Last orders, please! Following a successful trial of refillable packaging, last year at Asda’s sustainability store pilot in Leeds, UK, the British supermarket chain has collaborated with the Craft on Draft brand to launch a new draught beer concept within one of their Milton Keynes stores. The scheme will see 12 different beers on the menu, poured into one or two litre containers by Asda shop assistants, which can then be bought and taken home to then be reused by consumers. If the trial proves successful in terms of both sustainability and profitability objectives, Asda plans to extend the idea to several more stores across the UK, and also incorporate other alcoholic beverages into the scheme including cocktails and stouts.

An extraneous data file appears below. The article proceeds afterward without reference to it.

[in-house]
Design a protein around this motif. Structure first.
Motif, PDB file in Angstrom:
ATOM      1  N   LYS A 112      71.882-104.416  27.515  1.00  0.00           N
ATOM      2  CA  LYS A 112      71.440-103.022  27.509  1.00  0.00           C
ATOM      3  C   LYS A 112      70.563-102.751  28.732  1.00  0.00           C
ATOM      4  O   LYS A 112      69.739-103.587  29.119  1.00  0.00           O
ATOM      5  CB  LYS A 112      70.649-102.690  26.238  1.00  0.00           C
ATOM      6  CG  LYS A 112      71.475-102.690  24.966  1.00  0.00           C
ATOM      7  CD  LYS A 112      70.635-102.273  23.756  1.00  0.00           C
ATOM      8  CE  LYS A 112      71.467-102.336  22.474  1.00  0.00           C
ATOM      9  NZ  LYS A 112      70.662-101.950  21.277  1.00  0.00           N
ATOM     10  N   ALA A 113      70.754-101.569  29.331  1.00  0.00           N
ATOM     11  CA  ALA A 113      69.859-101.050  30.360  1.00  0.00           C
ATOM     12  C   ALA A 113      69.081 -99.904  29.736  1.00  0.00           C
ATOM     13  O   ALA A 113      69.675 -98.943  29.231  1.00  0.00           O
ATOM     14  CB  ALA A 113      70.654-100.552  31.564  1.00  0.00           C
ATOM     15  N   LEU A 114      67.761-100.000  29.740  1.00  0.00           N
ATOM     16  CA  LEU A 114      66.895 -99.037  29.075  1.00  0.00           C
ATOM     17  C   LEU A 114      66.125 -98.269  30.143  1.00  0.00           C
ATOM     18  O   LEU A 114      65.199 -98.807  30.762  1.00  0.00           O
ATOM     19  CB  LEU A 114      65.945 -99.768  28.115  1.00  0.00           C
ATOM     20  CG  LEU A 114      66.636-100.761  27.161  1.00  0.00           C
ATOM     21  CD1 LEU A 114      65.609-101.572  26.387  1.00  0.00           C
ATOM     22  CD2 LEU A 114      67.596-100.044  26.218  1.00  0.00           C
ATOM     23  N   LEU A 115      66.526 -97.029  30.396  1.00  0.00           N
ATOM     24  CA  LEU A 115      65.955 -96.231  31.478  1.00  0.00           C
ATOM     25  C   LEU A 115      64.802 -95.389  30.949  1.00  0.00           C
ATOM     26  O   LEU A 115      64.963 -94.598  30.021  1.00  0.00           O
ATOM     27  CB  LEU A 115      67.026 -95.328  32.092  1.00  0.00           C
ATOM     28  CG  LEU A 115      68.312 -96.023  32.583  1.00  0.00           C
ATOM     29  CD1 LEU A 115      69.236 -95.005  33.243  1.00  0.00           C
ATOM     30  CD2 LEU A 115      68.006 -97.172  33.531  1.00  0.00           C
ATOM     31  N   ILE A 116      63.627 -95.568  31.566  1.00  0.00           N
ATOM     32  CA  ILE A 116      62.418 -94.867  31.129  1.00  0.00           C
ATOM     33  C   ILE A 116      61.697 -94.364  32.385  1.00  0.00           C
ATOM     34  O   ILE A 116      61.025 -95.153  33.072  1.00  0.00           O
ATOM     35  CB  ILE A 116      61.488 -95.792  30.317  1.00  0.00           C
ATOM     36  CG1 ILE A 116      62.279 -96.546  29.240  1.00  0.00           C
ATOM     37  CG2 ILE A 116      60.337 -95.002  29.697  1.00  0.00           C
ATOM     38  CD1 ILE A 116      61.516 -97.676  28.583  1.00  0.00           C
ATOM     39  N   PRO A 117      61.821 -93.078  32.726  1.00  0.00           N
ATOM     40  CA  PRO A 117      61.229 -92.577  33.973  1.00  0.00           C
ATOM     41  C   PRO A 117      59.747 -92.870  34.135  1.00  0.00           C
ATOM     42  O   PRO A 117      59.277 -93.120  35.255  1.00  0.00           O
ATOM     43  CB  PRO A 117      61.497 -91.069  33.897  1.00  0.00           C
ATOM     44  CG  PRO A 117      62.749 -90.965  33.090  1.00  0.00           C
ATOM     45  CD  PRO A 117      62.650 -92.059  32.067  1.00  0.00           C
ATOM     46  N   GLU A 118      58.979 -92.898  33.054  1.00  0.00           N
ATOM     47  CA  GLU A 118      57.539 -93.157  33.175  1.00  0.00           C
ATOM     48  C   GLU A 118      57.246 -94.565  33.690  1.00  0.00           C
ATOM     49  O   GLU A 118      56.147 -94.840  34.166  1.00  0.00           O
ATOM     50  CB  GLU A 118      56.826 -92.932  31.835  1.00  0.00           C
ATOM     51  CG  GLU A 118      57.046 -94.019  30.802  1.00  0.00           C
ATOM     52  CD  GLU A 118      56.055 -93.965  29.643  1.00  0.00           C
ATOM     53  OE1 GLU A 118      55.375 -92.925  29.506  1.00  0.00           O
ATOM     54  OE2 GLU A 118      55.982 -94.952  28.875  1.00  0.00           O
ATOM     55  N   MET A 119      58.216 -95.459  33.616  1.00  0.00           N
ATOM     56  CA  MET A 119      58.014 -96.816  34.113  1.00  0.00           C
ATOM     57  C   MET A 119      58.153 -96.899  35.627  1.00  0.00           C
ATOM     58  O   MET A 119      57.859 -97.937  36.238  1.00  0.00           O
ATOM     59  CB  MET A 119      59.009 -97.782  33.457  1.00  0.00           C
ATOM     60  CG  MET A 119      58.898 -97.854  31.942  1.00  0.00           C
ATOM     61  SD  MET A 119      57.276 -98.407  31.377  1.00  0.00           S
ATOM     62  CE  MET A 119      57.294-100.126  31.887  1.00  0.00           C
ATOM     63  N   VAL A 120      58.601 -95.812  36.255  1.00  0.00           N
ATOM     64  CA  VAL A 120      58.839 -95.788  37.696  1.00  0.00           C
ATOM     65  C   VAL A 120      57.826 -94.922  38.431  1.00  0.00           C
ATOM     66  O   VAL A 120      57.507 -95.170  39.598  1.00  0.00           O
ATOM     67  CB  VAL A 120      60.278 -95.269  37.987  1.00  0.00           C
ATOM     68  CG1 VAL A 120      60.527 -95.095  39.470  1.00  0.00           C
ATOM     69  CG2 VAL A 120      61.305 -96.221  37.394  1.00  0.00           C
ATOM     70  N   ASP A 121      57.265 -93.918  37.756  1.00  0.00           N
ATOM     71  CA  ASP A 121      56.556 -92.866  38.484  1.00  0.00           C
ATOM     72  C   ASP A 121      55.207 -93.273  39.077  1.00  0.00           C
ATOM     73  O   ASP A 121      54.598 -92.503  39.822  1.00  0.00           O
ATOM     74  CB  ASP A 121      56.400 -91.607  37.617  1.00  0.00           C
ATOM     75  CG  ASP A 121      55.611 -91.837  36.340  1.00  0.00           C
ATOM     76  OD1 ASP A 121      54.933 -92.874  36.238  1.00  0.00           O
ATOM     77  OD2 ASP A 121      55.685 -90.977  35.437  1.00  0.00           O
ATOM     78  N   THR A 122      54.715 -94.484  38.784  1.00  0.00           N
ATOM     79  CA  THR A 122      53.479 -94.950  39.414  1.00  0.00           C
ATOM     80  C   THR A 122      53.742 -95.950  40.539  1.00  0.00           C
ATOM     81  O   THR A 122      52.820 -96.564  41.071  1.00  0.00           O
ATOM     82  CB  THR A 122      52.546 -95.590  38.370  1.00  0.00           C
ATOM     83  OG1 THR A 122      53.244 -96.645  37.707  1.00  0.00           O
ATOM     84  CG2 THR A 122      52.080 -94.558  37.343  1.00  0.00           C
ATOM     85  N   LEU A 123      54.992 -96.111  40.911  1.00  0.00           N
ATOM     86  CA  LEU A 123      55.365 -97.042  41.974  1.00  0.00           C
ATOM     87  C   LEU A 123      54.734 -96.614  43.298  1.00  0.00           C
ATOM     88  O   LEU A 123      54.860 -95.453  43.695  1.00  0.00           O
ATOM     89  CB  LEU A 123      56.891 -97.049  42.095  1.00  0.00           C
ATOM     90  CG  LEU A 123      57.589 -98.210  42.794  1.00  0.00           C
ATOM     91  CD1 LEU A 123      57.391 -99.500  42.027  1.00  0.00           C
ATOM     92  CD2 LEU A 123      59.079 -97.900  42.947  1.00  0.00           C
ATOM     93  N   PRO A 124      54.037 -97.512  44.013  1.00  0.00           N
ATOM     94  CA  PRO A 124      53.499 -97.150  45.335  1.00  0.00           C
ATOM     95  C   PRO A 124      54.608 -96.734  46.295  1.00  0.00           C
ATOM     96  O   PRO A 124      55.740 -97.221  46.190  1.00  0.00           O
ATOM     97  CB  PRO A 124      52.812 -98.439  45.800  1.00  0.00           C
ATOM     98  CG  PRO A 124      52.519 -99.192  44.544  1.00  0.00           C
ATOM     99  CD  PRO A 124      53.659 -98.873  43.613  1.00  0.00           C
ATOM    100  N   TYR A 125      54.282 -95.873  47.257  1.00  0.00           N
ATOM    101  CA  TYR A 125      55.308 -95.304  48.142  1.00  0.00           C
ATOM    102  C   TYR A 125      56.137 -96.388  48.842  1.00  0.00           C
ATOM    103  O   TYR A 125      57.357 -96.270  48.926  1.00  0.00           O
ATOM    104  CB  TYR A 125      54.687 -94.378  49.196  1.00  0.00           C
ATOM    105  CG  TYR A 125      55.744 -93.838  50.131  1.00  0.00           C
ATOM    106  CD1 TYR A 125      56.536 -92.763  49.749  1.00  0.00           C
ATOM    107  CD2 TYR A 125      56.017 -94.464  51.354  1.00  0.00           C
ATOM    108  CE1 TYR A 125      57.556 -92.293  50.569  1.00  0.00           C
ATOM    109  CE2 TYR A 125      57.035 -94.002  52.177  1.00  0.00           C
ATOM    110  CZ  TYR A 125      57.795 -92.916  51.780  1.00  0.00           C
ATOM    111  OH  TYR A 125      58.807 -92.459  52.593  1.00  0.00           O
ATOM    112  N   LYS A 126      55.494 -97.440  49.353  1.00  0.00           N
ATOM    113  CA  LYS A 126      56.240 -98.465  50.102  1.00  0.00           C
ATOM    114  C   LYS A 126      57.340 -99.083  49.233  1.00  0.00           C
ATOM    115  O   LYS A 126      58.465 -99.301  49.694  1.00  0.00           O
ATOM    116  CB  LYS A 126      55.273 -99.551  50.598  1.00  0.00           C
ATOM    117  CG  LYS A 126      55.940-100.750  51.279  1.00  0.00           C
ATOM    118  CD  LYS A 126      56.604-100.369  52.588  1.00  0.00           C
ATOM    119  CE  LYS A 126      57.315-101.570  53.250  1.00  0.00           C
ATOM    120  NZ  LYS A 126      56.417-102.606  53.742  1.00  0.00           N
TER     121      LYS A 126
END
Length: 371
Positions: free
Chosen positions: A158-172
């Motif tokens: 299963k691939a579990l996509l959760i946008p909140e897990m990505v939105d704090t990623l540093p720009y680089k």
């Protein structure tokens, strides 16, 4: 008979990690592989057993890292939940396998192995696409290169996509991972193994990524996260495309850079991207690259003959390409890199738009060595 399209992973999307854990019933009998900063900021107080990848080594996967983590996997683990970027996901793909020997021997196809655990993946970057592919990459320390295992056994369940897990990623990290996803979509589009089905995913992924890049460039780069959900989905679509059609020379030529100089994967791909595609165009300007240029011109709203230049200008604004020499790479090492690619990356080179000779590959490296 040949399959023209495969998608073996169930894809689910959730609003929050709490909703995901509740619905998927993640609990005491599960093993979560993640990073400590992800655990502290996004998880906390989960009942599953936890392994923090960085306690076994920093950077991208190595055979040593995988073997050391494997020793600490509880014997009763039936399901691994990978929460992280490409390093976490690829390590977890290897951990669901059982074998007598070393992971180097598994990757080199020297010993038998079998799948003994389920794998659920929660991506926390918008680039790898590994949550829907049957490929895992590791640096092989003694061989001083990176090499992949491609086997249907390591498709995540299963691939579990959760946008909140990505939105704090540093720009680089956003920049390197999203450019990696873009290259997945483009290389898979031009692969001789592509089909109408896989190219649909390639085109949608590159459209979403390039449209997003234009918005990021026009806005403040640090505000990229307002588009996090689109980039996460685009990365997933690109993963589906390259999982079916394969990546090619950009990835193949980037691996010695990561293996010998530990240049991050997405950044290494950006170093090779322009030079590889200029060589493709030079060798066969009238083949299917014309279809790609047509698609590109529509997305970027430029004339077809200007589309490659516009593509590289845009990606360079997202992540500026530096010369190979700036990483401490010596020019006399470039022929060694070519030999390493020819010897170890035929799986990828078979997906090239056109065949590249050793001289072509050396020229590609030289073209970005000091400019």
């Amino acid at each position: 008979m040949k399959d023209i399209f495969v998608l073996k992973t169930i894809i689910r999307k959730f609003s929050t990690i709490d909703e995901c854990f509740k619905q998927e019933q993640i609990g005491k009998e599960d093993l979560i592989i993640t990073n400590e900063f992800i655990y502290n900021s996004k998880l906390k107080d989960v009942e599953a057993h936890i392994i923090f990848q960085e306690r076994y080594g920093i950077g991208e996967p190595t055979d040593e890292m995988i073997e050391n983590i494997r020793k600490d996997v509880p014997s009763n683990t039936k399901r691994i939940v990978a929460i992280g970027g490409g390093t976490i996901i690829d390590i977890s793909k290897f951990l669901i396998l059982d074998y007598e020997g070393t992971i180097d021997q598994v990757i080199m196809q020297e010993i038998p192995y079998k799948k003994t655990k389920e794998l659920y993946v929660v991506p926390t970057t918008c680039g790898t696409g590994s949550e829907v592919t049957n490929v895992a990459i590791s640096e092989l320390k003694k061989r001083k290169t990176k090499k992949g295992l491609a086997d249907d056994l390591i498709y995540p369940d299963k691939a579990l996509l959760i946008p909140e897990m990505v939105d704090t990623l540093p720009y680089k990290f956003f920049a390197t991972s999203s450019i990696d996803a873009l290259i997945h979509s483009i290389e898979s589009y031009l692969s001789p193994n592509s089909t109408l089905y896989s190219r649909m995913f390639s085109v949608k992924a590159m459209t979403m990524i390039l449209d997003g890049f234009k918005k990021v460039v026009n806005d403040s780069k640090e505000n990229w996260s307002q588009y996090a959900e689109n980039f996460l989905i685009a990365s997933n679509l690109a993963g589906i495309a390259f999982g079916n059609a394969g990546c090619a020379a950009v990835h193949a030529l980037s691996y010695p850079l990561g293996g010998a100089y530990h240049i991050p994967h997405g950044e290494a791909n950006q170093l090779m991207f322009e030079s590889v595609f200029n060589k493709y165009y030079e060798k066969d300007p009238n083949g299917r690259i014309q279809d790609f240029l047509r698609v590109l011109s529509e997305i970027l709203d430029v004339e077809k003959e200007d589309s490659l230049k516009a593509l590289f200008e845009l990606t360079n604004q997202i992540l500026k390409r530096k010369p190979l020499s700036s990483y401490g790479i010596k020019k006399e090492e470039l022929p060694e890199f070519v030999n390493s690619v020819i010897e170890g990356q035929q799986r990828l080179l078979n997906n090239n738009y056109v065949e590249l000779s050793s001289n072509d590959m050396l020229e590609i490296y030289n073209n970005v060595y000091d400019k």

Packaging question of the week

Will there be more innovation in the packaging industry in 2022 compared to last year? Vote and comment on LinkedIn now. 

Last time, In terms of sustainability, 69% believe that the packaging industry is pulling in the same direction more now than in 2020. See votes and comments here.


December 2021

Innovation Zone Snapshot – UK retailer trialling paper lining for cereal brand

Read more ›

Innovation Zone

ThePackHub Innovation Zone Snapshot

Welcome to this week’s Innovation Zone snapshot from ThePackHub.
ThePackHub collates more than 1,000 new packaging innovations a year for our Innovation Zone database. We now have 5,414 searchable initiatives listed. We have selected four new initiatives for you today.